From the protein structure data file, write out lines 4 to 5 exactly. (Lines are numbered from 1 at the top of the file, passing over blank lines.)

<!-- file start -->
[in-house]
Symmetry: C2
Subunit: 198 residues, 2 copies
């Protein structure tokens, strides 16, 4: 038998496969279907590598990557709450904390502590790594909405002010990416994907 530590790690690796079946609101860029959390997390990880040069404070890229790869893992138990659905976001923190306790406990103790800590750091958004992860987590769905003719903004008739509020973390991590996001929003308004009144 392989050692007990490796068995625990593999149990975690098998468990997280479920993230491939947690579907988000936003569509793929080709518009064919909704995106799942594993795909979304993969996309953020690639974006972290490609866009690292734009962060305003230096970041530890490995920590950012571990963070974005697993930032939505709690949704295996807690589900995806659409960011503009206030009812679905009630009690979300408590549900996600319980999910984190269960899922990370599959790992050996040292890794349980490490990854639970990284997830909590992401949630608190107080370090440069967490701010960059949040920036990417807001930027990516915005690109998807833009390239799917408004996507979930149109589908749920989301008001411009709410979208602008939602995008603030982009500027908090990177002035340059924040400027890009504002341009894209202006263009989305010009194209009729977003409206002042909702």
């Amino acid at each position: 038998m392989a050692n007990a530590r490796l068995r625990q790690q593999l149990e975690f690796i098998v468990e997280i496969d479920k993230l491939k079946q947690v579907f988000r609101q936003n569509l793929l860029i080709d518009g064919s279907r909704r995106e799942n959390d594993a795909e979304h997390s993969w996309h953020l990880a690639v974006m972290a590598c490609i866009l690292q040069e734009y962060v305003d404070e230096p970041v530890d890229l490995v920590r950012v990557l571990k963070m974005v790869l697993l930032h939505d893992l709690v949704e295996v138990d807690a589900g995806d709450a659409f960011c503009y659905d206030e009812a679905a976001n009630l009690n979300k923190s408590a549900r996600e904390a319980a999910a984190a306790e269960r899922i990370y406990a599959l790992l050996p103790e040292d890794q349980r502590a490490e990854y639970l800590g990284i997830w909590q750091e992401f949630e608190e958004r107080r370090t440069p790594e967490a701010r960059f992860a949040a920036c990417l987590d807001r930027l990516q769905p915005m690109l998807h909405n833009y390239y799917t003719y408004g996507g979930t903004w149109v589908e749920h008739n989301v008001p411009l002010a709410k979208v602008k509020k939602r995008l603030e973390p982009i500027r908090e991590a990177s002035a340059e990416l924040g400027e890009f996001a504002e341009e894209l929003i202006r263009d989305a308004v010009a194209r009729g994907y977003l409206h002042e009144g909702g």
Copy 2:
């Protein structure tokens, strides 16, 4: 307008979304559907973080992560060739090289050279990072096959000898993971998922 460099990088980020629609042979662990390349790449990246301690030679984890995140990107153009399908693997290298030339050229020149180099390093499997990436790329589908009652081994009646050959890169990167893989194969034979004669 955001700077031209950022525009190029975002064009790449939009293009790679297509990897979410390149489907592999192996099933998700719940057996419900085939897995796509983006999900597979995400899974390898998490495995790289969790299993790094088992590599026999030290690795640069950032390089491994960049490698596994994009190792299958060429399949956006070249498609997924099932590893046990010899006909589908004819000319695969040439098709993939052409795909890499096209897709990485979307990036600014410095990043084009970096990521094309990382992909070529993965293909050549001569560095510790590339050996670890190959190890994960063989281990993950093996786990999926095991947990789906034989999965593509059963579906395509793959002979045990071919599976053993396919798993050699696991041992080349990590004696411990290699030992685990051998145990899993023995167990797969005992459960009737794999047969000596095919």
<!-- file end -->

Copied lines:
């Protein structure tokens, strides 16, 4: 038998496969279907590598990557709450904390502590790594909405002010990416994907 530590790690690796079946609101860029959390997390990880040069404070890229790869893992138990659905976001923190306790406990103790800590750091958004992860987590769905003719903004008739509020973390991590996001929003308004009144 392989050692007990490796068995625990593999149990975690098998468990997280479920993230491939947690579907988000936003569509793929080709518009064919909704995106799942594993795909979304993969996309953020690639974006972290490609866009690292734009962060305003230096970041530890490995920590950012571990963070974005697993930032939505709690949704295996807690589900995806659409960011503009206030009812679905009630009690979300408590549900996600319980999910984190269960899922990370599959790992050996040292890794349980490490990854639970990284997830909590992401949630608190107080370090440069967490701010960059949040920036990417807001930027990516915005690109998807833009390239799917408004996507979930149109589908749920989301008001411009709410979208602008939602995008603030982009500027908090990177002035340059924040400027890009504002341009894209202006263009989305010009194209009729977003409206002042909702």
């Amino acid at each position: 038998m392989a050692n007990a530590r490796l068995r625990q790690q593999l149990e975690f690796i098998v468990e997280i496969d479920k993230l491939k079946q947690v579907f988000r609101q936003n569509l793929l860029i080709d518009g064919s279907r909704r995106e799942n959390d594993a795909e979304h997390s993969w996309h953020l990880a690639v974006m972290a590598c490609i866009l690292q040069e734009y962060v305003d404070e230096p970041v530890d890229l490995v920590r950012v990557l571990k963070m974005v790869l697993l930032h939505d893992l709690v949704e295996v138990d807690a589900g995806d709450a659409f960011c503009y659905d206030e009812a679905a976001n009630l009690n979300k923190s408590a549900r996600e904390a319980a999910a984190a306790e269960r899922i990370y406990a599959l790992l050996p103790e040292d890794q349980r502590a490490e990854y639970l800590g990284i997830w909590q750091e992401f949630e608190e958004r107080r370090t440069p790594e967490a701010r960059f992860a949040a920036c990417l987590d807001r930027l990516q769905p915005m690109l998807h909405n833009y390239y799917t003719y408004g996507g979930t903004w149109v589908e749920h008739n989301v008001p411009l002010a709410k979208v602008k509020k939602r995008l603030e973390p982009i500027r908090e991590a990177s002035a340059e990416l924040g400027e890009f996001a504002e341009e894209l929003i202006r263009d989305a308004v010009a194209r009729g994907y977003l409206h002042e009144g909702g």